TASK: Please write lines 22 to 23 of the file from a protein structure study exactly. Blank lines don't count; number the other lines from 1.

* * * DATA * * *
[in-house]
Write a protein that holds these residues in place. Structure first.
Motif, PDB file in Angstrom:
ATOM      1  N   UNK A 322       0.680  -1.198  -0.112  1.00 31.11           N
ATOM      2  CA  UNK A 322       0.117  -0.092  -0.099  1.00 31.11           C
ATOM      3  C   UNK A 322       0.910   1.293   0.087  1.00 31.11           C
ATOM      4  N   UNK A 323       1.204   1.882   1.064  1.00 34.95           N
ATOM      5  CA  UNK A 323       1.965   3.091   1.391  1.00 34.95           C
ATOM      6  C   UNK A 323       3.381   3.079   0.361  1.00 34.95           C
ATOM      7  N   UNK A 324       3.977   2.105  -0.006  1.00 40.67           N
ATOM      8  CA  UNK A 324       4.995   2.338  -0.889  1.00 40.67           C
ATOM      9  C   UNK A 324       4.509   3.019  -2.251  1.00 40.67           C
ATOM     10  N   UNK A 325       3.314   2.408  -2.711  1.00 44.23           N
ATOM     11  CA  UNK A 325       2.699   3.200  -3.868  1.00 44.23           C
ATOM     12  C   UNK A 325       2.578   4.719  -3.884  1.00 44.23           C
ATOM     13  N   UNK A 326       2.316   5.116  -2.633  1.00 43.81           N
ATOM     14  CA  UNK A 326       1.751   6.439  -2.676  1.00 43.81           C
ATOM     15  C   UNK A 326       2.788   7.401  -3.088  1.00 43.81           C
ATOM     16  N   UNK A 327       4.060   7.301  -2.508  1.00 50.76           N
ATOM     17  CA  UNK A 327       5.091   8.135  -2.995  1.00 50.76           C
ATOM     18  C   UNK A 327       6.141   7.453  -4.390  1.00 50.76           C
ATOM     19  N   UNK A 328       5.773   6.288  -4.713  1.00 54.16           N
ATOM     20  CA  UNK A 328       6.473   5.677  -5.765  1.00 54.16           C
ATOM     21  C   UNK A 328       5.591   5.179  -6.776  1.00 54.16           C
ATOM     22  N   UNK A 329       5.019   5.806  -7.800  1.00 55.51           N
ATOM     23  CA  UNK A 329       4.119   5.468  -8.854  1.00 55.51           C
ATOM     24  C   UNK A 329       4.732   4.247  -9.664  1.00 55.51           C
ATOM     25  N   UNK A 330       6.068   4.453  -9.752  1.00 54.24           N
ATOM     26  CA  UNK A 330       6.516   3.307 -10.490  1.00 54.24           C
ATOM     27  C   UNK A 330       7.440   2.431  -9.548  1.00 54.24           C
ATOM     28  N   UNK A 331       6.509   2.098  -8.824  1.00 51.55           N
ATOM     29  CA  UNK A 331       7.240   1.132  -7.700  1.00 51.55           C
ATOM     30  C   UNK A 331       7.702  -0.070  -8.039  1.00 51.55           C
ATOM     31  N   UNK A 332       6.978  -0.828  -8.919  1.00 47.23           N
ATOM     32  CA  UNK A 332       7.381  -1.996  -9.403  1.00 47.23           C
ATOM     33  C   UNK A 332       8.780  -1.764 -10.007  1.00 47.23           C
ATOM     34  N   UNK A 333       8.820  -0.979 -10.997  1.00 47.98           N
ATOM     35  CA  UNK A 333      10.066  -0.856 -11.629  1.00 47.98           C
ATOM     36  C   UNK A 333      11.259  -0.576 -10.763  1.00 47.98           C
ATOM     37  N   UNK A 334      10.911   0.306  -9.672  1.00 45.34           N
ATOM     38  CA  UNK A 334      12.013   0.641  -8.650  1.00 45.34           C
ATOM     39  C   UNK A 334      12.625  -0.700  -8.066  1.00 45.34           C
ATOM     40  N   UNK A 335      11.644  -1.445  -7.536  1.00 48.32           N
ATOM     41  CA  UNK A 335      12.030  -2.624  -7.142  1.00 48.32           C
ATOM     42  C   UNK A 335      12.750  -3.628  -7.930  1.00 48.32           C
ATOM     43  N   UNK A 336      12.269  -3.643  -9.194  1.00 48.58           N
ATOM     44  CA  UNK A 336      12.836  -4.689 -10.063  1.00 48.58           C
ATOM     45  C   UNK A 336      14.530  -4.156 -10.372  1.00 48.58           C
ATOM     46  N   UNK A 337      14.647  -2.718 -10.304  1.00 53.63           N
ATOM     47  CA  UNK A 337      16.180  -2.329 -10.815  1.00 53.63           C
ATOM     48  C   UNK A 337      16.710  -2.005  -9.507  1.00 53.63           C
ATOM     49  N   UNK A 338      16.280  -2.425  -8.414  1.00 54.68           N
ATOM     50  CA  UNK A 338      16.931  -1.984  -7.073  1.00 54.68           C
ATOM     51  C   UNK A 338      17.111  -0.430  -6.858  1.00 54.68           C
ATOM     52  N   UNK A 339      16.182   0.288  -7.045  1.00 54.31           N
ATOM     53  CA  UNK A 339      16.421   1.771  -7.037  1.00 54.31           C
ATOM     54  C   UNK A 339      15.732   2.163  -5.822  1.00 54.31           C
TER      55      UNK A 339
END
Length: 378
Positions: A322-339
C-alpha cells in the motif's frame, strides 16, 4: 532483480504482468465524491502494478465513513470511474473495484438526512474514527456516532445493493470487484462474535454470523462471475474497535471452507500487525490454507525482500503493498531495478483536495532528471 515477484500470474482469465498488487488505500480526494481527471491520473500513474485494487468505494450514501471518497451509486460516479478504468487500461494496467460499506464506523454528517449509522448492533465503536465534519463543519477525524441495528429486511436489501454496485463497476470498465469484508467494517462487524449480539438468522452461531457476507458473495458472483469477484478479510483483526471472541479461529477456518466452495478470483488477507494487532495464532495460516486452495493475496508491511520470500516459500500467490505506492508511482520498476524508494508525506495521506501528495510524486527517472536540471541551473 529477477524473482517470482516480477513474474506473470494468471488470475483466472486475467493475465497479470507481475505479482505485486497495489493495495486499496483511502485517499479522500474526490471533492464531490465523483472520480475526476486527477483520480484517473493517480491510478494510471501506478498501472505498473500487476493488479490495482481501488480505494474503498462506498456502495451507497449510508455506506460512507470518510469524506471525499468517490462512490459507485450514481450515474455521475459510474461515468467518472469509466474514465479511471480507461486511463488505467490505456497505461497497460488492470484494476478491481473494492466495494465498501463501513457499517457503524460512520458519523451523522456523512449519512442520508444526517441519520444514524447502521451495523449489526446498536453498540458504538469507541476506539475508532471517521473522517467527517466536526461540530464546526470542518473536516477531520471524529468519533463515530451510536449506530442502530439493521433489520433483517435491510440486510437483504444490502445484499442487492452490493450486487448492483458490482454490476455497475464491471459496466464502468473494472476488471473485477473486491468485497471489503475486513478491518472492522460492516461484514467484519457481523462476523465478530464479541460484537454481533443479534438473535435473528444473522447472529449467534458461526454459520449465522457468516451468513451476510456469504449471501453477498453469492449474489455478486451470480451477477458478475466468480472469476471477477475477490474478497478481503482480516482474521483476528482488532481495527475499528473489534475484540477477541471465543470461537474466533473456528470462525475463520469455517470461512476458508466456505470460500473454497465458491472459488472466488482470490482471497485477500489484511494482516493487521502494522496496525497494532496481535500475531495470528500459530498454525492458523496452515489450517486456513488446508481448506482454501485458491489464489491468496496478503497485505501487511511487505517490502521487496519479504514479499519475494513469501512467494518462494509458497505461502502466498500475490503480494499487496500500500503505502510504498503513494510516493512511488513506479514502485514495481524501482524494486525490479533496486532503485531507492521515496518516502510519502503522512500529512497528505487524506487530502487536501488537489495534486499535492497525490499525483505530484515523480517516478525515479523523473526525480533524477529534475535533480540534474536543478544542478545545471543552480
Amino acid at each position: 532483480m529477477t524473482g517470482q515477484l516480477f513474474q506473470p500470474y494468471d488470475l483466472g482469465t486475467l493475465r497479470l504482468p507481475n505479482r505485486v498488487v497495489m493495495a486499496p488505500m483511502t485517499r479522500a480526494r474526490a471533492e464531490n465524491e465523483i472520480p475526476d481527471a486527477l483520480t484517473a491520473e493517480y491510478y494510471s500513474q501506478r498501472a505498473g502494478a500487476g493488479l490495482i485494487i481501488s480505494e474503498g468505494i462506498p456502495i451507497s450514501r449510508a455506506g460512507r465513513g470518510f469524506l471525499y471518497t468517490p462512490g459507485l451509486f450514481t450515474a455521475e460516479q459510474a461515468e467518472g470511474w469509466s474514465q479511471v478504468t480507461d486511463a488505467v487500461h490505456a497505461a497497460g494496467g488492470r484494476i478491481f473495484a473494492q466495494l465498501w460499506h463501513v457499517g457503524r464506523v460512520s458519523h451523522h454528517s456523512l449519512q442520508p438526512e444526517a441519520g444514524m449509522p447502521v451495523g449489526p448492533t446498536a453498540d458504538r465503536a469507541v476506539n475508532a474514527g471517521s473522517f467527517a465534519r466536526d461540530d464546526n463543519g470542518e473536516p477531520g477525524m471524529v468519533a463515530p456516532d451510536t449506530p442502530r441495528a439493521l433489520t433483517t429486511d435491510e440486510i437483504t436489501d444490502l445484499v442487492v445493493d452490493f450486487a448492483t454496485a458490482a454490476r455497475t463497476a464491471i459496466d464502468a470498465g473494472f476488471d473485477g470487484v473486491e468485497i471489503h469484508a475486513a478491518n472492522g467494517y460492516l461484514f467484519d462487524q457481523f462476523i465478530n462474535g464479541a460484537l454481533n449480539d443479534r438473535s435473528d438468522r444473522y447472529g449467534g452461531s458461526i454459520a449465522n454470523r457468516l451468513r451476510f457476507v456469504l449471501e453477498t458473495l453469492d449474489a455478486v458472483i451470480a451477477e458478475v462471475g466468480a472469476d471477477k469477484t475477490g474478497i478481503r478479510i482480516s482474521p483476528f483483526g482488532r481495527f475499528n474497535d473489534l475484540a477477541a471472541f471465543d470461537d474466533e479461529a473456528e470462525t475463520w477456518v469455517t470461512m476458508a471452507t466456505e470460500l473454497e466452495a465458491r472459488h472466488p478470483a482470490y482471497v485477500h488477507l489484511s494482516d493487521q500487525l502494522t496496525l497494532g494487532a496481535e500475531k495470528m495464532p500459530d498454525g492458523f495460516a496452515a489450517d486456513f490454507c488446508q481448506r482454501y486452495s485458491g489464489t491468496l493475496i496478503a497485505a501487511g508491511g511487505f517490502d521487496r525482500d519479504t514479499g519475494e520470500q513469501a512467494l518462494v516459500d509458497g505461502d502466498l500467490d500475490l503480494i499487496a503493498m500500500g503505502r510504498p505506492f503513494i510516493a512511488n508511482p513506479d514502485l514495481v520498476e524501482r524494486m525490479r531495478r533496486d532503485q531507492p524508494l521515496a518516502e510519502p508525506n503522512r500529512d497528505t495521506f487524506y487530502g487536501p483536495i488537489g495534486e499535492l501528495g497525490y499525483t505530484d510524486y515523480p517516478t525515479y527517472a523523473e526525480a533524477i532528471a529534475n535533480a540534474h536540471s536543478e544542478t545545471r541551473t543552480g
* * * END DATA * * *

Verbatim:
ATOM     19  N   UNK A 328       5.773   6.288  -4.713  1.00 54.16           N
ATOM     20  CA  UNK A 328       6.473   5.677  -5.765  1.00 54.16           C